All 120 teams in the FBS make up the success of college football and the bowl system. The truth is that, just like a big family, Texas, Florida, Ohio State, Alabama, and USC all benefit from San Jose State, North Texas, Navy, Troy, and Wyoming, and vice versa. While each child of the family differs in age, strength, and abilities, the parents work together to ensure that each child is loved, is safe, and eats dinner at the same table. The parents of college football, the NCAA and the BCS, are not working well together. The BCS has turned into a domineering, controlling spouse that the NCAA is scared to stand up to. Some outside the family (the rankings) see what is going on, and they simply form their judgments to fit what is happening in the house. The BCS is a parent that plays favorites with its children. The abused children have been unable to find redress with the NCAA. The oppression has led the abused children to seek government assistance to get the help that they should find in the family.
Many of you may be disappointed that I have not proposed a playoff as the solution. Fundamentally, I am opposed to a playoff. As I mentioned earlier, I consider myself a traditionalist. Honestly, I like the bowls (yes, there are too many, and I want January 1 to be what it once was). The bowls give one last chance to binge on college football before hibernating for almost nine months. The bowls have also become a launching pad for the next year’s Heisman Trophy campaigns and other awards. The bowls give players an opportunity to increase their draft stock. I believe a playoff will have a negative impact on rivalries and other defining characteristics of college football.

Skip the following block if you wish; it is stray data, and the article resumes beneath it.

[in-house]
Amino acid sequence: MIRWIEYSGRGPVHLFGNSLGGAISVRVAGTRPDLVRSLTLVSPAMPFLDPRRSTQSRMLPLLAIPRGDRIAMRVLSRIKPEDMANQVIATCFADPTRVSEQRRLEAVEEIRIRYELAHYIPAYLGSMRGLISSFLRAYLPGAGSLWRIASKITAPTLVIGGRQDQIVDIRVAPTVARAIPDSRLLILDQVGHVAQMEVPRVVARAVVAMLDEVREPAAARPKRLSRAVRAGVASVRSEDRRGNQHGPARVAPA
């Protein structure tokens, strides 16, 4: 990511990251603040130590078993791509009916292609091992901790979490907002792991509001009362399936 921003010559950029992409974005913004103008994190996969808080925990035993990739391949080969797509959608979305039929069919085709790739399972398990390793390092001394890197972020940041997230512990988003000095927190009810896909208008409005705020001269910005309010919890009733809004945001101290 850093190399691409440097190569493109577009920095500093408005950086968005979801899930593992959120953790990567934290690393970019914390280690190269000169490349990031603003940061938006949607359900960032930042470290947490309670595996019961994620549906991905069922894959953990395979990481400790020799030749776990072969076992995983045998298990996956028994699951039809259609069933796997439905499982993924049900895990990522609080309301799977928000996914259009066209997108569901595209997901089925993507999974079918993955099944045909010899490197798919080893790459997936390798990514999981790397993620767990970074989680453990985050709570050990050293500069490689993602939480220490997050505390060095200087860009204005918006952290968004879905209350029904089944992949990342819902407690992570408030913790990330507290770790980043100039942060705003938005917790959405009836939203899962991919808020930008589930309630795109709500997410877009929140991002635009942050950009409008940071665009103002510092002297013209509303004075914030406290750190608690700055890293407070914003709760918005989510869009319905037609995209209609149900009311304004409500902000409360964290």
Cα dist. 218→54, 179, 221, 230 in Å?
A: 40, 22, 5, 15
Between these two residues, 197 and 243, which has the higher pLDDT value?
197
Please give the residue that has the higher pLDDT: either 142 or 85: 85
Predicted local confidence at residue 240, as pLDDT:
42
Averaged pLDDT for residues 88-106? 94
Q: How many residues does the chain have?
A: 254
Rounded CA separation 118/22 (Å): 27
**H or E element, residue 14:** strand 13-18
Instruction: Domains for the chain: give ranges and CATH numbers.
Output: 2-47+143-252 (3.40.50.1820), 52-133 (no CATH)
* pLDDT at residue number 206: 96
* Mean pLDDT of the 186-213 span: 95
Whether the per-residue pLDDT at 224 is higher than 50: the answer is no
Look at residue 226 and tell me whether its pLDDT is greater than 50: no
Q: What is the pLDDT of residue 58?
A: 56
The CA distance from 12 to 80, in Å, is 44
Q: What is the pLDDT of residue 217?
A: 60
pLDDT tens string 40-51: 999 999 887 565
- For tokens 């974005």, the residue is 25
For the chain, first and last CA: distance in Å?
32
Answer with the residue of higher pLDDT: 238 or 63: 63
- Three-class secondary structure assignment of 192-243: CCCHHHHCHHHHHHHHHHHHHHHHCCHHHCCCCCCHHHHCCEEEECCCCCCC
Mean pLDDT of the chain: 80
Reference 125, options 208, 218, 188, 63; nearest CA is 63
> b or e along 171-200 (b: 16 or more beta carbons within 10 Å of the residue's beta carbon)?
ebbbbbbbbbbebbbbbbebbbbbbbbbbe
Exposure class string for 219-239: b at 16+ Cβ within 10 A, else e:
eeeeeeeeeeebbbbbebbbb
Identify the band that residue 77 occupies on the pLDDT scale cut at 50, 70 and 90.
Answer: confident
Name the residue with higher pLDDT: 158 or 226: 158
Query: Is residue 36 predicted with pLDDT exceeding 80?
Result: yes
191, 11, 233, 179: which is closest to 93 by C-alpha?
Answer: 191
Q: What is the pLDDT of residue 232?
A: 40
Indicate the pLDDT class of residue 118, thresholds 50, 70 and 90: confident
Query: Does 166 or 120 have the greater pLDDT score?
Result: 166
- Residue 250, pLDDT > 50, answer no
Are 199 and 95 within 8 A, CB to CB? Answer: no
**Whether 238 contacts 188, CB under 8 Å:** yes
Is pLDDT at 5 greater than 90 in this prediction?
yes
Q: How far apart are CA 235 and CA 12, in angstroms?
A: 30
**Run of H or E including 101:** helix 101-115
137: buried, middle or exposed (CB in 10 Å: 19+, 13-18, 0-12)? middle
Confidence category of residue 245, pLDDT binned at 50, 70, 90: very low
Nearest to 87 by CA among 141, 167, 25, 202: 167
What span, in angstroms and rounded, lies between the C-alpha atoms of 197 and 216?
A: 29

The biggest reason I don’t want a playoff is because I don’t want a three or four loss champion if a one or two loss team exists. Having played organized football for many years, I learned to appreciate that an undefeated season is a major accomplishment. Most years only one or two teams finish undefeated (we may be witnessing a paradigm shift, however, with the BCS, which has placed an increased emphasis on undefeated seasons, therefore, what happened last year—5 undefeated teams—might become more regular), so throughout the regular season a process of elimination is already happening. If a team was able to finish the year 12-0, with all that entails (overcoming injuries, not having a slow start to the season, avoiding trap games, avoiding a mid or late season let down, surviving down the stretch with a bulls eye on your back), that team should not have to put that perfect record on the line against a 9-3 or 10-2 team. It was hard enough to swallow the first two loss national champion two years ago (no offense to LSU, I realize a two loss team was, pretty much, our only option).
In the future, I will not be surprised to see a plus-one system. If three or more undefeated teams becomes the norm in college football, I will gladly support the plus-one system. However, that presents other issues. If we had a plus-one in place this year Boise State would have been left out and Utah would have been left out last year. After the bowls, however, it was obvious that they were underrated all year and deserved to play in a plus-one game. In any case, a playoff system with more than eight teams would be inappropriate. Player safety is a real issue. A long playoff system would increase injuries, and I can’t find any reason that you need to field more than eight teams to ensure that the best team is included.